The Martian Chronicles: Metaphor Analysis

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The planet Mars itself is the most dominant symbol in The Martian Chronicles. Bradbury’s Mars bears little resemblance to the actual planet; rather, in the text, Mars is an ancient, mysterious, and dignified world that comes to symbolize a challenge to humanity, mostly portrayed in the book as younger upstarts than the Martians: how will the human race engage this world? Will they seek to remake it in their own image (for example, as Spender fears, by renaming all the cities and geographical features and by polluting the planet with terran trash), or will they (as Pop in “Night Meeting” believes) accept and even embrace Mars as alien, as new, as “different”? Mars symbolizes a choice between the future and the past, between illusion and reality, between dominance and submission. For most of the book, humanity seeks to impose itself upon Mars—and expedition after expedition, colonist after colonist, meets with failure, death, or disappointment as a result. Not until the book’s close, in “The Million-Year Picnic,” can readers begin to see Mars as a symbol of a brighter and better future for the human race.
“The Million-Year Picnic” also confirms that fire is an important symbol throughout the book. The Martian Chronicles begins with the fire of a rocket’s exhaust transforming “Ohio winter” into “rocket summer.” We see fire at other key junctures in the book—for example, the bonfire around with the members of the Fourth Expedition gather in “—And the Moon Still Be as Bright,” poised between an acceptance of and reverence for or a rejection and subjugation of the planet; or the fires we remember along with Stendahl in “Usher II,” flames that consumed the great fantastic literature of Earth and so kindled Stendahl’s own twisted desire for revenge, fires that endangered the future of humanity even as those who lit them were seeking to ensure it. But fire purifies as well as purges—and sometimes simultaneously, as we see clearly in the flames of “The Million-Year Picnic.” “I’m burning a way of life,” Dad tells his family as he feeds documents from Earth into the flames, “just like that way of life is being burned clean of Earth” in the flames of atomic warfare (p. 179). “All the laws and beliefs of Earth were burnt into small hot ashes which soon would be carried off in a wind” (p. 180). The flames that represent humanity’s technological supremacy and imperialistic expansion at the book’s beginning, therefore, come to represent a more humble but nonetheless heroic abandonment of a dead past in favor of a living future by the book’s end.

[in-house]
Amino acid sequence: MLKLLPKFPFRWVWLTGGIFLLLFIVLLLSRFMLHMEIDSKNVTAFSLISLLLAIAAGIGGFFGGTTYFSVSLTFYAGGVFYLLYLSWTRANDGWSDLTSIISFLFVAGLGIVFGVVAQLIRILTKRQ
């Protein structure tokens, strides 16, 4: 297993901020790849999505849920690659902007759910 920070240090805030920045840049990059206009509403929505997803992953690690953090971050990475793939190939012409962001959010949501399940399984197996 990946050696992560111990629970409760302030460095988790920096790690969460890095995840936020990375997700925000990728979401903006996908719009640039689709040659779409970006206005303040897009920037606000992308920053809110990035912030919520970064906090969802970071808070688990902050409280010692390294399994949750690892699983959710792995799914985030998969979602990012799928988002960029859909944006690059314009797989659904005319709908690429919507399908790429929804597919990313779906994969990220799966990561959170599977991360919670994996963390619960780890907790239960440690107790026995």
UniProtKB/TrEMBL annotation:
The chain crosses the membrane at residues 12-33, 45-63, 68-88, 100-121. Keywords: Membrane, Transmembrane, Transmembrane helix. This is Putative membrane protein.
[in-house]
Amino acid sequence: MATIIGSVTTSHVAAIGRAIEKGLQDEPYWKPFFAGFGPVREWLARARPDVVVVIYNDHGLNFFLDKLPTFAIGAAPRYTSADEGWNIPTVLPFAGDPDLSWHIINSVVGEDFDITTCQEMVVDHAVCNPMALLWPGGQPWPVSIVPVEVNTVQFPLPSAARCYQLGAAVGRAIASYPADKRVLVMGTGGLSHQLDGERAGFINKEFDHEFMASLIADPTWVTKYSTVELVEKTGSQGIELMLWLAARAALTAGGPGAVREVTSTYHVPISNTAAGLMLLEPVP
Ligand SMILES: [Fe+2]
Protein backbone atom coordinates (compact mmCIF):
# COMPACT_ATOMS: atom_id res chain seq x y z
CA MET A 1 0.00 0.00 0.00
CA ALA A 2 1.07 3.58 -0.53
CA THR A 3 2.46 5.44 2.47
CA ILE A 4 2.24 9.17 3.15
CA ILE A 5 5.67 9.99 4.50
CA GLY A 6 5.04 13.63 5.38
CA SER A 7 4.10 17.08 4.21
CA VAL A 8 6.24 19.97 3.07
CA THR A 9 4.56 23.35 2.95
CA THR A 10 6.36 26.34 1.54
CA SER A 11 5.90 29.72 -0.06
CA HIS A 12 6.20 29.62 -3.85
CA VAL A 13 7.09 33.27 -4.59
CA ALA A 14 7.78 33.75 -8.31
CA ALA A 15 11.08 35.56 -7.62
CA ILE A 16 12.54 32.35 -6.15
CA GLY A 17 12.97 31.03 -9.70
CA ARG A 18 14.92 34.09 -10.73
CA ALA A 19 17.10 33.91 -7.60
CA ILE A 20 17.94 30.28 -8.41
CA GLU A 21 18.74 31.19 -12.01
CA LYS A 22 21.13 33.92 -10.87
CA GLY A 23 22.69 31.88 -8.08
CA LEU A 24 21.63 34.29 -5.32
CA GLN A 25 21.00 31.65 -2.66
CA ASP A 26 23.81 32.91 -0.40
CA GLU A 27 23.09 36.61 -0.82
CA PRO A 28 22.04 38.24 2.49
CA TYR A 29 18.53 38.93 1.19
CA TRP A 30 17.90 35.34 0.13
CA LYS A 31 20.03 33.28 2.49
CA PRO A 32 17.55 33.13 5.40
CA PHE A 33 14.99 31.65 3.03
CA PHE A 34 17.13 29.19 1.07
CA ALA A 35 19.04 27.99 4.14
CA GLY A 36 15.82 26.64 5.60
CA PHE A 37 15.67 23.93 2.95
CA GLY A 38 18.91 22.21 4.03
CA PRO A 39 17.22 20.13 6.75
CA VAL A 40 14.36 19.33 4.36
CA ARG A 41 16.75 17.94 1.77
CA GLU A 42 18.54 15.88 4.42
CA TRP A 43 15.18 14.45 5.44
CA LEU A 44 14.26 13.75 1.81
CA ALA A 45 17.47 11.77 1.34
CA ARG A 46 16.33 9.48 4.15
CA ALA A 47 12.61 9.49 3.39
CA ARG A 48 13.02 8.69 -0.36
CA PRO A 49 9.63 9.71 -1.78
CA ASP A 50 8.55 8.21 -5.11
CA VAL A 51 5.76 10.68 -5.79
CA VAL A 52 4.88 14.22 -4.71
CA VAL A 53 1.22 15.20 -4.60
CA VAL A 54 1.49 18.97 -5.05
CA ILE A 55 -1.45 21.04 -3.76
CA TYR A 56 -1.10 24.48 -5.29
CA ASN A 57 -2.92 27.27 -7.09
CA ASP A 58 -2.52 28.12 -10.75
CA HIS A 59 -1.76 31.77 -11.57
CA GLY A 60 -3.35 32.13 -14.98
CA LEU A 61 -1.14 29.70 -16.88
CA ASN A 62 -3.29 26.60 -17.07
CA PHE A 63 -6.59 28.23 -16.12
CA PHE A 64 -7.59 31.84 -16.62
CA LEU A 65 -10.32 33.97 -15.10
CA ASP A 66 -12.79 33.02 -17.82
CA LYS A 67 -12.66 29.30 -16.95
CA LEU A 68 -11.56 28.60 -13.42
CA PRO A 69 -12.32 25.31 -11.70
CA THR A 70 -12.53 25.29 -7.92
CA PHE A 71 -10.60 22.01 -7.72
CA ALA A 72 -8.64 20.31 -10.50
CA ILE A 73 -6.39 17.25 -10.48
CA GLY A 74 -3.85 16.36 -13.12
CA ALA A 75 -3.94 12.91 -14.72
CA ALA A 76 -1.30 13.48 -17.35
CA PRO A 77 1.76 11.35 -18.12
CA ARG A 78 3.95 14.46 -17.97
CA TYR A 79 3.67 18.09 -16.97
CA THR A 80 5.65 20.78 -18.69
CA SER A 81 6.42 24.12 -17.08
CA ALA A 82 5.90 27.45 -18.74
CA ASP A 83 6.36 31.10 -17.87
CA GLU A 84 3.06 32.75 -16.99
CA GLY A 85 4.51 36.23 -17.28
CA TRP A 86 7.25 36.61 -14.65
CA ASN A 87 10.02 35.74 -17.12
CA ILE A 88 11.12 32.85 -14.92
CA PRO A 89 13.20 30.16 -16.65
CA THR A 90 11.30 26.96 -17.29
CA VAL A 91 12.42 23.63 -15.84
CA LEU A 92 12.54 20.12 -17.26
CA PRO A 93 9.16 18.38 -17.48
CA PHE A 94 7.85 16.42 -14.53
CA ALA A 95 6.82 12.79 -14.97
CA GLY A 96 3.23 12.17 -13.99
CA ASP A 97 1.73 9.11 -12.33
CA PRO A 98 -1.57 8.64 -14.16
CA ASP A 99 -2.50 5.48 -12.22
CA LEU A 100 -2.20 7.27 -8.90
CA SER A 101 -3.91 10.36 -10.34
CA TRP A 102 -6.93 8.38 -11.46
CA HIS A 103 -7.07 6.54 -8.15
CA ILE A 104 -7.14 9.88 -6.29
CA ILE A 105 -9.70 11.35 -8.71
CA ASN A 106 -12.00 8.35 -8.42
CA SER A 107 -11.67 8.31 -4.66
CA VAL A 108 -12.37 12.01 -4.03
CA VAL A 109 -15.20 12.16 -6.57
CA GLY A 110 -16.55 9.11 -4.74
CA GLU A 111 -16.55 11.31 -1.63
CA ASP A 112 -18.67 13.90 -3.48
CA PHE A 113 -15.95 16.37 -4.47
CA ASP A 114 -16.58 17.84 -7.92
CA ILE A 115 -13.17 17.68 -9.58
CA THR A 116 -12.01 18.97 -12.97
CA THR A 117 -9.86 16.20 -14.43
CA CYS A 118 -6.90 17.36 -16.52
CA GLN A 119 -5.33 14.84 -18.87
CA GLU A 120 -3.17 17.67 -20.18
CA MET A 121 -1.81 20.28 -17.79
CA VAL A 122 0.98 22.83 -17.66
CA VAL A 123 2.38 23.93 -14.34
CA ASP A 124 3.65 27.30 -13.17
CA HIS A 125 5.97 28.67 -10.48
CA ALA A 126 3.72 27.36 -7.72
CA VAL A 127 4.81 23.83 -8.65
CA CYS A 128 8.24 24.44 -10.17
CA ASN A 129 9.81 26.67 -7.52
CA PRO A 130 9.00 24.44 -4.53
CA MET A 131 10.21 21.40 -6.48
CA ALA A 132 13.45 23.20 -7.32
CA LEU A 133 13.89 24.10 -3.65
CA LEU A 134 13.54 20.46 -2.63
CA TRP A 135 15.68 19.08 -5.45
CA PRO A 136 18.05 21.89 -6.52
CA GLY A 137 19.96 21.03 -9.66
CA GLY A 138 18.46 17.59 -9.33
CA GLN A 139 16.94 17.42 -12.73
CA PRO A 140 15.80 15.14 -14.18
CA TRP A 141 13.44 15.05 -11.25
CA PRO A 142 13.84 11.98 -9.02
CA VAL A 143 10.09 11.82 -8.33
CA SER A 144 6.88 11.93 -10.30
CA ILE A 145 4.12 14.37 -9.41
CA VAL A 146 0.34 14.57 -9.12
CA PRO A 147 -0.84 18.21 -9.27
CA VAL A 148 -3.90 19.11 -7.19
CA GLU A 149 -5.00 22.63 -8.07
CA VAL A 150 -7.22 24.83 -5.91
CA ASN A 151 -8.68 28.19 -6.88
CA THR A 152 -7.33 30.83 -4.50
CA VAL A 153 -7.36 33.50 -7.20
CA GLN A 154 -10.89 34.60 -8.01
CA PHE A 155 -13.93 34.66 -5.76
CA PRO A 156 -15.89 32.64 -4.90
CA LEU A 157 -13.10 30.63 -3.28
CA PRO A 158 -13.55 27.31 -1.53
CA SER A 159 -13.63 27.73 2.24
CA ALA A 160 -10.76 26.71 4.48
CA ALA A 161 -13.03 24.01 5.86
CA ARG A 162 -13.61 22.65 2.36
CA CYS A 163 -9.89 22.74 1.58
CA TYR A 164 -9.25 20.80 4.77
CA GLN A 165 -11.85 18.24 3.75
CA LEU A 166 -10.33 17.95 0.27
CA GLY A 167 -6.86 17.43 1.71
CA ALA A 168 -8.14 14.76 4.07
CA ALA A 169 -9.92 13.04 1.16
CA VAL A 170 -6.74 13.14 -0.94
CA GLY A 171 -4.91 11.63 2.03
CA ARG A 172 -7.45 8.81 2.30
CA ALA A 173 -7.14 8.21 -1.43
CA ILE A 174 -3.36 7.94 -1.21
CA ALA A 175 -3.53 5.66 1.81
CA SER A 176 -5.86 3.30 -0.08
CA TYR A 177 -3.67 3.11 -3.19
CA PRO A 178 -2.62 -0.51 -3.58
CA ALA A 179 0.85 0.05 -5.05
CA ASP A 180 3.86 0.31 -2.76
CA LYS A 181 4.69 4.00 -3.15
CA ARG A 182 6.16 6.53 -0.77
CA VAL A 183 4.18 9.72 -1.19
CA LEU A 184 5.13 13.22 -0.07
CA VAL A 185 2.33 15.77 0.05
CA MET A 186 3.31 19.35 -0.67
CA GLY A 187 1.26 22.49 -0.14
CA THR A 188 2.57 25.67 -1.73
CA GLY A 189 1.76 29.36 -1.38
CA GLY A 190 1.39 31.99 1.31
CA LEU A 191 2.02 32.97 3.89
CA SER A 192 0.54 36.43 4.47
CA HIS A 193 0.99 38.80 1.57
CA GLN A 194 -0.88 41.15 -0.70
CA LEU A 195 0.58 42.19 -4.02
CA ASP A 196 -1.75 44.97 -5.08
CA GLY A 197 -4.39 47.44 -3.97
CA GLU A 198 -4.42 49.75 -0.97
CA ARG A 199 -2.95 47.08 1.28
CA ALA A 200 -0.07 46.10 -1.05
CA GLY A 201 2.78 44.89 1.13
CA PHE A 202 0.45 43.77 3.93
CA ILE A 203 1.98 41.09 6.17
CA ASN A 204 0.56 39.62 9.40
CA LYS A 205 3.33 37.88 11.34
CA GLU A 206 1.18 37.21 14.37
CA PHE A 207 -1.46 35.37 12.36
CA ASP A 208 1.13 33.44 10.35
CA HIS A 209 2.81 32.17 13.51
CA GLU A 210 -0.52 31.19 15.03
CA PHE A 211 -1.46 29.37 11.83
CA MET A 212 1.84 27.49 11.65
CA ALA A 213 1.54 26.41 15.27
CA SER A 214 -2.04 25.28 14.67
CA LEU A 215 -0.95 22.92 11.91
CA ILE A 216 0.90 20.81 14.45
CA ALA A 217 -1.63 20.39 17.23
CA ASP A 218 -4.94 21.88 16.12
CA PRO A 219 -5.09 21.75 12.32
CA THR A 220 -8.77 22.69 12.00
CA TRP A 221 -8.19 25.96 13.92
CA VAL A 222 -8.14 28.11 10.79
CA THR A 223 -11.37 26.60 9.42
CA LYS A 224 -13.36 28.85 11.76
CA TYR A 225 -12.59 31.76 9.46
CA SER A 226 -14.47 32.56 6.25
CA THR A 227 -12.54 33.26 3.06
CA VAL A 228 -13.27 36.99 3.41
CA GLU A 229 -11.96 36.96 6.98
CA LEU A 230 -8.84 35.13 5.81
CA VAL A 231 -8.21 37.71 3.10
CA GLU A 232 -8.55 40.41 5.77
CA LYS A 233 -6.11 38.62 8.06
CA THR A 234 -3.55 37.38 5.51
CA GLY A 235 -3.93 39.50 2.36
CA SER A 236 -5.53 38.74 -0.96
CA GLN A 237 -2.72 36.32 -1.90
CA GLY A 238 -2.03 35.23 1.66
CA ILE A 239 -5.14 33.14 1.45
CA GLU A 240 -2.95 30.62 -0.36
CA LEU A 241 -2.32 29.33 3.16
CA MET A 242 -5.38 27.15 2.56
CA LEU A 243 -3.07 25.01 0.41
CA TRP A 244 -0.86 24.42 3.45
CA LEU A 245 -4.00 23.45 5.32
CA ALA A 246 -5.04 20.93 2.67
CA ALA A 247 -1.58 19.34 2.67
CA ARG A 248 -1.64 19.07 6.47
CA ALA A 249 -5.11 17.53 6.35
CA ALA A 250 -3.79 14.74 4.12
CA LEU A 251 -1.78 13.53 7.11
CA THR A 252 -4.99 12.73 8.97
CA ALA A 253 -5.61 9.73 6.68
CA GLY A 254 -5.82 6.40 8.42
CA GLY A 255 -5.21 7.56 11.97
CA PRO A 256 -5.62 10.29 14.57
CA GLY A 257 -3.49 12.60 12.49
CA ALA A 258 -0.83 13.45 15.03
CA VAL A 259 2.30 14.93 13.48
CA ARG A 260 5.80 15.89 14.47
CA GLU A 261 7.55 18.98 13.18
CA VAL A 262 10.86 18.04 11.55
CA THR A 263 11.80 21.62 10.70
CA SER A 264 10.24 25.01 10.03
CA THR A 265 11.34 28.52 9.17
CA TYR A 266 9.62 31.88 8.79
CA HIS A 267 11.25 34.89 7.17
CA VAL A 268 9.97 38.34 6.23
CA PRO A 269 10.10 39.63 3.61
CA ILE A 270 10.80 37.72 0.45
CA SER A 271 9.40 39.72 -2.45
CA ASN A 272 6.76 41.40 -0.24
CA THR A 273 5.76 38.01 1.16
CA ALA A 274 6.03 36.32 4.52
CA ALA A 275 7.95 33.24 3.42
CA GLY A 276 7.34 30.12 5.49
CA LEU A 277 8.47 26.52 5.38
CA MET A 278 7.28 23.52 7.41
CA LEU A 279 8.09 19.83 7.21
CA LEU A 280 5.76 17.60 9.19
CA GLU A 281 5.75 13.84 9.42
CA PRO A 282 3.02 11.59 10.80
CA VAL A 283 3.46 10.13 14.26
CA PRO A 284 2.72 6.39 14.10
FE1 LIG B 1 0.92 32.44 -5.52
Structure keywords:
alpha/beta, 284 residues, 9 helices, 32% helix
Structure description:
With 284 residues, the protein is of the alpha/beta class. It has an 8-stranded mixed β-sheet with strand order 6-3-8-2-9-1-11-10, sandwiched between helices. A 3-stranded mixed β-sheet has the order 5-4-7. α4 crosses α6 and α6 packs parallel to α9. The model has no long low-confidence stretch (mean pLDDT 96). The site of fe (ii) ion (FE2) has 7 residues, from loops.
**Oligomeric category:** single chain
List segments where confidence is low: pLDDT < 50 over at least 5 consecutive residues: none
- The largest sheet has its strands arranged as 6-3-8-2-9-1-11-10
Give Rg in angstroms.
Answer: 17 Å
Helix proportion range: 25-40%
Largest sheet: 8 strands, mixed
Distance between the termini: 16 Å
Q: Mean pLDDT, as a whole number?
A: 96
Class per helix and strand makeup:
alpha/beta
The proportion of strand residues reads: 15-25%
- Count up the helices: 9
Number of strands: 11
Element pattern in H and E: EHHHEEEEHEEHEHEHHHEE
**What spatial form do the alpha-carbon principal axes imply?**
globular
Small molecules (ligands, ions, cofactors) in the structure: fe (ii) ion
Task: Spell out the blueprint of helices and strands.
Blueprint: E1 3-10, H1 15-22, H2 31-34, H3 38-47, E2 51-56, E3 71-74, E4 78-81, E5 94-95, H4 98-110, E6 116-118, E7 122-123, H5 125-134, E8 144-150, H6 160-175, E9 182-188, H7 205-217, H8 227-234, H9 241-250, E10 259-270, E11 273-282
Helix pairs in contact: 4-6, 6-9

Perhaps not surprisingly for an author as literate and lyrical as Bradbury, another recurring symbolic motif in The Martian Chronicles is poetry, spoken and sung. After the First Expedition from Earth lands on Mars, the telepathic Martians begin hearing and singing snatches of human songs and nursery rhymes, beginning with Ylla, who hears “She walks in beauty, like the night…” in her telepathic courtship with York (p. 15). Here, as humanity is just beginning its expansion to Mars, the poetry symbolizes newness and growth. Soon, however, poetry takes a more sinister symbolic turn, seen when Spender recites “So we’ll go no more a-roving” in “—And the Moon Be Still as Bright” (the poem provides this story its title). Lord Byron’s elegiac poem mourns the passing of a way of life, just as Spender is mourning the demise of the Martian civilization. Subsequently, poetry is twisted for the greedy ends of Sam Parkhill when he misquotes and misconstrues Emma Lazarus’ “The New Colossus” in “The Off Season.” Over the course of humanity’s migrations to Mars, then, the human species loses its connection to poetry—to the power of words to create a new world. We see and hear poetry being used only to reinforce the worst of the old. It is perhaps not insignificant that no poetry is to be found among the papers from Earth that Dad Thomas burns in “The Million-Year Picnic” (see p. 179). Having lost its fluency in poetry entirely, it will be up to “the Martians”—the Thomas family and their descendants—to create a new poetics for their new home. 

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